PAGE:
Sunday, April 18, 2010

Introducing my other children

Sandi asked me in a comment recently about sewing machines and which functions I thought were useful ones for dressmakers to have, so I thought this would be a good time to introduce my work-horses.
Firstly, my ordinary machine.  I've had this little beauty for about twenty years now and it's been wonderful all this time.  It's a very basic Janome machine, that is capable of forward stitching and zig-zag and has a reverse toggle.  Yup, that's about it!!  Of course it does buttonholes too, but that is just a manipulation of the zig-zag stitch....  It also has six fancy stitches, which are on the far right of the green and blue labels on the top right.  I've used these stitches only once or twice in the whole time I've had it.  I've done all my adult sewing on this machine.  I really like it because, being so basic, I can service it myself, and have managed to carry out a few minor repairs once in a while too.  The most complex thing I've done is change its drive belt.  It has no computer and so no fancy automatic functions, but this suits me to a T.  My mother has a wonderful computer driven machine, and the one time I used it it's automatic "needle up"/"needle down" function both startled me every time it did it, and frustrated me too.  Plus, she always seems to be having to take it in to get "looked at". because some timing thing is out or some such trivial disfunction, which renders it unusable.  So annoying.  This would drive me round the bend if it was my machine.  
The one "modern" application I've seen on new machines that I think would be pretty useful is the automatic buttonhole maker.  I've seen shirts made using this function and the buttonholes are works of art, while my efforts fit into the category "the best I can do".  After years of practice though at least I think I can say my buttonholes are now consistent, if not as perfect as the computer produced ones.  Meh.  Other than that, I've never felt the need for more than the basics offered by this machine.  It's sewn its way through countless garments for me, countless clothes for my children through every stage of their lives, er, three shirts for my husband (poor man!), quilts, handicrafts, the curtains for two entire houses...  I couldn't be happier with my little beast.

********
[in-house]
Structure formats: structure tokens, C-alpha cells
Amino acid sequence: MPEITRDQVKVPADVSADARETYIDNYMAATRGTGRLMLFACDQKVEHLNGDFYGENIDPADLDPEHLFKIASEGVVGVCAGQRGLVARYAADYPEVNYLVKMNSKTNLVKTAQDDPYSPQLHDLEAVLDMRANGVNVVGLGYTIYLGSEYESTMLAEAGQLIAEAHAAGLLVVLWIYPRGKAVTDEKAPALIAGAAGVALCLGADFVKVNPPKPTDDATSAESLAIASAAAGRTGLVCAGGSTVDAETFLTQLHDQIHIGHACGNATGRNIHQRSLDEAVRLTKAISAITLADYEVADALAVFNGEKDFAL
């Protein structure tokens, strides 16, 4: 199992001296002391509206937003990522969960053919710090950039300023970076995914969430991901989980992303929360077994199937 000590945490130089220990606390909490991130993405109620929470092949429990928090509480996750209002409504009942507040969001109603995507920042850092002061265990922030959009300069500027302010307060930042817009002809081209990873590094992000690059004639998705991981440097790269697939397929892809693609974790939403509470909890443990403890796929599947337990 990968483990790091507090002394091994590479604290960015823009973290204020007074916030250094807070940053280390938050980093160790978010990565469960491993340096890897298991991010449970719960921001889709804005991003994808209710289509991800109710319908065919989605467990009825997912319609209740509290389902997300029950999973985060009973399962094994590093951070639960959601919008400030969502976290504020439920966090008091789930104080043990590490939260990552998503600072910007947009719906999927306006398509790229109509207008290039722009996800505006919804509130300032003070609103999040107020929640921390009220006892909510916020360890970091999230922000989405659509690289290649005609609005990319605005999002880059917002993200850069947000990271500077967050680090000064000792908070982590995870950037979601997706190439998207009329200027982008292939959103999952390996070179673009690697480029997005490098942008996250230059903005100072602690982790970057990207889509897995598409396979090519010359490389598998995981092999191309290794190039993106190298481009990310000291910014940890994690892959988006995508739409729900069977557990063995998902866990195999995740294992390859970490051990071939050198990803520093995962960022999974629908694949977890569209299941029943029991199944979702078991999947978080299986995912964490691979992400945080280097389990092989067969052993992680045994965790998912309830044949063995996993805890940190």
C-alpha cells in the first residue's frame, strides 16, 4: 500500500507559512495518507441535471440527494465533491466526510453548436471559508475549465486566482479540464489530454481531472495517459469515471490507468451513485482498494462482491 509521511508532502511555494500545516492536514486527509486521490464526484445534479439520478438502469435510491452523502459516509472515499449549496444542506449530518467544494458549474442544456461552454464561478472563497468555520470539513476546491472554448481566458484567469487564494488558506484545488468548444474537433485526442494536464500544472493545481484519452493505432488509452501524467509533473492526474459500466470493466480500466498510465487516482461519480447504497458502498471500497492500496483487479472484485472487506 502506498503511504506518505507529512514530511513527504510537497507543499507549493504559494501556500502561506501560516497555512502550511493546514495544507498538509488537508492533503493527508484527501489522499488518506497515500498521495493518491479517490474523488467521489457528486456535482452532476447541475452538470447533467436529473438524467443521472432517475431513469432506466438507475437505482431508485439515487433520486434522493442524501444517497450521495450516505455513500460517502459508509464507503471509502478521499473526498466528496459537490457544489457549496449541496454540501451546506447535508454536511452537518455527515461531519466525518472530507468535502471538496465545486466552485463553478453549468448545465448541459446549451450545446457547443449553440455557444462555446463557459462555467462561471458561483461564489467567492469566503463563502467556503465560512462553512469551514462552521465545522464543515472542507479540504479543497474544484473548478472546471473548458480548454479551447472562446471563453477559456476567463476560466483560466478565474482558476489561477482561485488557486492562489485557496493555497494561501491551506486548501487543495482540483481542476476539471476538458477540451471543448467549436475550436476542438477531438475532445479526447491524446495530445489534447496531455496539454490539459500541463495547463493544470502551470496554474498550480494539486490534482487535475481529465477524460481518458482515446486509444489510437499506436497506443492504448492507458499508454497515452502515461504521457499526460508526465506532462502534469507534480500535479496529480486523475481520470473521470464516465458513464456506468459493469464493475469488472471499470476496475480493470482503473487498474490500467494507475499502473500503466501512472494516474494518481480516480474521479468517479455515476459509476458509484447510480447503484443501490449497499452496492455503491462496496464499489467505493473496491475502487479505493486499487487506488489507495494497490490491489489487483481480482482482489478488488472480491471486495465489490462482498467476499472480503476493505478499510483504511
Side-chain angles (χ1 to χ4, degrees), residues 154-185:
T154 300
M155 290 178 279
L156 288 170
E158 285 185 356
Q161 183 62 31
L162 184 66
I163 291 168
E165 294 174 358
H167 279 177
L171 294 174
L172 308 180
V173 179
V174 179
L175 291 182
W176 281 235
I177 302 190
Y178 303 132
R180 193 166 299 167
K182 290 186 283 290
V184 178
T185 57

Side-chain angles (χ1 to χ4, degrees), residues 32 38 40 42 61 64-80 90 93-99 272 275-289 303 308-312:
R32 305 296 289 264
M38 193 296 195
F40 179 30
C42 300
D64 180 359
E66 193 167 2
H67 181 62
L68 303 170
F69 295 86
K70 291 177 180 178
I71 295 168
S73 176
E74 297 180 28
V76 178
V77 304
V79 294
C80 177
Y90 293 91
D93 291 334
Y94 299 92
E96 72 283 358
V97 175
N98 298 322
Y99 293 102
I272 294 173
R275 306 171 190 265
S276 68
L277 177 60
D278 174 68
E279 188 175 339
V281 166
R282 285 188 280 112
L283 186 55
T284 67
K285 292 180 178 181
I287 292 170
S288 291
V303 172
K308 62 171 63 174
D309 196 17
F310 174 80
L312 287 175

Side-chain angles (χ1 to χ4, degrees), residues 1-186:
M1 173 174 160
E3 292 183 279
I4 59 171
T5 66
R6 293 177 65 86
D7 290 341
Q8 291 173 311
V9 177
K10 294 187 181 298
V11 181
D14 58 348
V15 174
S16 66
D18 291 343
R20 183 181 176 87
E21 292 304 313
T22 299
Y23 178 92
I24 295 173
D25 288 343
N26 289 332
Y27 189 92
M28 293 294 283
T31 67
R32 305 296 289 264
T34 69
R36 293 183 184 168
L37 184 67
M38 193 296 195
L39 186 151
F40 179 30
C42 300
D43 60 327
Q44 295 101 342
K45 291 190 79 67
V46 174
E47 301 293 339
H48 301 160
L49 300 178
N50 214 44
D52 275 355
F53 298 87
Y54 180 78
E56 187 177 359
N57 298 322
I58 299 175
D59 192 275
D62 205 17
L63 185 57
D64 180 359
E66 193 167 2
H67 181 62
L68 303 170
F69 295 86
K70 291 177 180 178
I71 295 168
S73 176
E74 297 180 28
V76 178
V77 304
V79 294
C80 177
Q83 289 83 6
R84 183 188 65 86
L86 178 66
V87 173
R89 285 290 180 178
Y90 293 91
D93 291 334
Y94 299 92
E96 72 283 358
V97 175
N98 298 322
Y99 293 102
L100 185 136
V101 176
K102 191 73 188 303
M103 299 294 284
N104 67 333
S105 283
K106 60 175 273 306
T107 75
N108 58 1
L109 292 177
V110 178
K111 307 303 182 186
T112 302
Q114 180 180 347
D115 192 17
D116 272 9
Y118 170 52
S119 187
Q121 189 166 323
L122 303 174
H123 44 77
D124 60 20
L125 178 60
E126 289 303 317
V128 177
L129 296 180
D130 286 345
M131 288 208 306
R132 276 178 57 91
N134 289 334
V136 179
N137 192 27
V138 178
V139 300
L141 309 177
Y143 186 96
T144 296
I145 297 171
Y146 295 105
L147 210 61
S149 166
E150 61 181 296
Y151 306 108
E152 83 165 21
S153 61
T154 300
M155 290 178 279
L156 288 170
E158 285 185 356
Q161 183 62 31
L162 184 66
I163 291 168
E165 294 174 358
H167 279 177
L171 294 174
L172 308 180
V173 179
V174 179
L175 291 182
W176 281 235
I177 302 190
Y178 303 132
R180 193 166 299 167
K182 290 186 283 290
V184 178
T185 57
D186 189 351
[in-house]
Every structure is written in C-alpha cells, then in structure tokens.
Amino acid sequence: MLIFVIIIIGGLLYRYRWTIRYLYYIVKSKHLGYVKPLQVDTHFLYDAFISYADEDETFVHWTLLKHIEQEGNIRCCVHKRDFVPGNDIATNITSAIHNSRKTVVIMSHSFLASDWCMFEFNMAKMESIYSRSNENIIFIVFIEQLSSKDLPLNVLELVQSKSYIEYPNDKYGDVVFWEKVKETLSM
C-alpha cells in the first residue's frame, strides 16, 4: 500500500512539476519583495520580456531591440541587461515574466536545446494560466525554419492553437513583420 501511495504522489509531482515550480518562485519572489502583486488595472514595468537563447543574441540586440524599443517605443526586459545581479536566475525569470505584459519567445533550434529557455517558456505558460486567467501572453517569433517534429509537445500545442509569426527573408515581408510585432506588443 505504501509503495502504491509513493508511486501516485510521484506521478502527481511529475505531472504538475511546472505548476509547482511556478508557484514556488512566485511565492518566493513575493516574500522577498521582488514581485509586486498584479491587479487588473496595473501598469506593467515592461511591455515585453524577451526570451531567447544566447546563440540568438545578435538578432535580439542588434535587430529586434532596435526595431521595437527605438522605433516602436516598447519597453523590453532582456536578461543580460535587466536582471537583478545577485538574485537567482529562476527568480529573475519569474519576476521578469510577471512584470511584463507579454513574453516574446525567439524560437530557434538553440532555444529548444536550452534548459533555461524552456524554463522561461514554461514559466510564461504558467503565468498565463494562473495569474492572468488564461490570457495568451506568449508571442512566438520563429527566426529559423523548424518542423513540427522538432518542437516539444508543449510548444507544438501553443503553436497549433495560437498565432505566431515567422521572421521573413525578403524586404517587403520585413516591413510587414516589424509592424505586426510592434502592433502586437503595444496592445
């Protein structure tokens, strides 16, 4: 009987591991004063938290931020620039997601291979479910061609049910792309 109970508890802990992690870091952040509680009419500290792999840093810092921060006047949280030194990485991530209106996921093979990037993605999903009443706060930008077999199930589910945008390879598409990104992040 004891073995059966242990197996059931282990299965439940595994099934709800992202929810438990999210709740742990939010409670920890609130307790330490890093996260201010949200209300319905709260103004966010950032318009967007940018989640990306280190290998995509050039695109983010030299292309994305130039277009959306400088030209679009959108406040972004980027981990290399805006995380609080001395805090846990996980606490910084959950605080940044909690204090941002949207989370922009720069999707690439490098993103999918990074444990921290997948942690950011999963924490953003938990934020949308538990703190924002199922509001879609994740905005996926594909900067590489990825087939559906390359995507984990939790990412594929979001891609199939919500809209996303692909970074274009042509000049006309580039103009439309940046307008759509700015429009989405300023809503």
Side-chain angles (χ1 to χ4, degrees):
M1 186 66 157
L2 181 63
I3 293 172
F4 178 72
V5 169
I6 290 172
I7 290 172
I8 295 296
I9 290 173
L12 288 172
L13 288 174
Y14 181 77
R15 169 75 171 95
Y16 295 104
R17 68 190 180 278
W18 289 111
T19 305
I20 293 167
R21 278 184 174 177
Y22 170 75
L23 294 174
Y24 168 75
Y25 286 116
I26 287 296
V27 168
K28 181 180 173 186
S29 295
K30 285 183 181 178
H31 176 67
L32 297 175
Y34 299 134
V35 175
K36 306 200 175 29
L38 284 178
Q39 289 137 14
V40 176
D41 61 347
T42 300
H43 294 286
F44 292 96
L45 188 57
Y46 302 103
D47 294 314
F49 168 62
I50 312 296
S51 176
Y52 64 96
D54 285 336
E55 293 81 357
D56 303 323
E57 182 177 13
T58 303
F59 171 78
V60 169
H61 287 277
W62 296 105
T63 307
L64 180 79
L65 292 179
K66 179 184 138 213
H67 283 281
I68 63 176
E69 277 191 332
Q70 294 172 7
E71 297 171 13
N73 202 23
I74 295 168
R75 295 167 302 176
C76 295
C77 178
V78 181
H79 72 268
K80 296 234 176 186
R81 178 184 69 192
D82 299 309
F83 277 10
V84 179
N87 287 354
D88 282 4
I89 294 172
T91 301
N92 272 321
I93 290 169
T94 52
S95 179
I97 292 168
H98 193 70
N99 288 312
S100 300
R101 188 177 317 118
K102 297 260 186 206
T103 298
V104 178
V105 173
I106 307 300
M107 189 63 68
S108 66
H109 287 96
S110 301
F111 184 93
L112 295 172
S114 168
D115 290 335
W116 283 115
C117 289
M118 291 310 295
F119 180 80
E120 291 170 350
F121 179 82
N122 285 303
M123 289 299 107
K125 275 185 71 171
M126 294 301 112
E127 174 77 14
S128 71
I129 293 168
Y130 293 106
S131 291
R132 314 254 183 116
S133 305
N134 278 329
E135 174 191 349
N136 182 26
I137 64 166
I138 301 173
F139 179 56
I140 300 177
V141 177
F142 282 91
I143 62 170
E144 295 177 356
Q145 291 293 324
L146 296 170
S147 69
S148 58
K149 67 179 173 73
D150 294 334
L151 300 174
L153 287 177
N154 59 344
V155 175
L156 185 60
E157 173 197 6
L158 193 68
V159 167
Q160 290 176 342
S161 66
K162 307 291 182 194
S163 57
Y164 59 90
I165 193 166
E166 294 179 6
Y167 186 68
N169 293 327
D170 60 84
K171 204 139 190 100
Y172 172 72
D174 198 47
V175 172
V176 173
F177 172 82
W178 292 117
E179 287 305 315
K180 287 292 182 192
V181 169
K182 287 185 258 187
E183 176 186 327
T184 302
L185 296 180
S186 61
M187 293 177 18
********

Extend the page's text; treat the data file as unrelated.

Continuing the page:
And here is my overlocker.  If my ordinary machine is the golden child in this family, then my poor overlocker is the problem child.  The Cain.  The evil sister.  
I got another Janome, and the big plus with them both being Janomes is that I can use the same foot pedal for both machines, I just switch the power cord from one machine to the other and bob's your uncle.  Handy.  I have a love/hate relationship with this machine.  When all is going swimmingly then we are happy and harmonious together, completing our project.  If my overlocker is having a bad day, say has taken a dislike to the fabric I'm using, or has been threaded in a way that some tiny weeny little thing is not quite right then it can rapidly become the machine from hell.  Sometimes it can be the tiniest thing, one thread de-threads itself, overlocker throws a tantrum, and the re-threading can take ages, and use metres of thread.  I really only use the basic 4-thread serge, and the rolled hem function.  I don't trust my sanity to try anything trickier on this thing...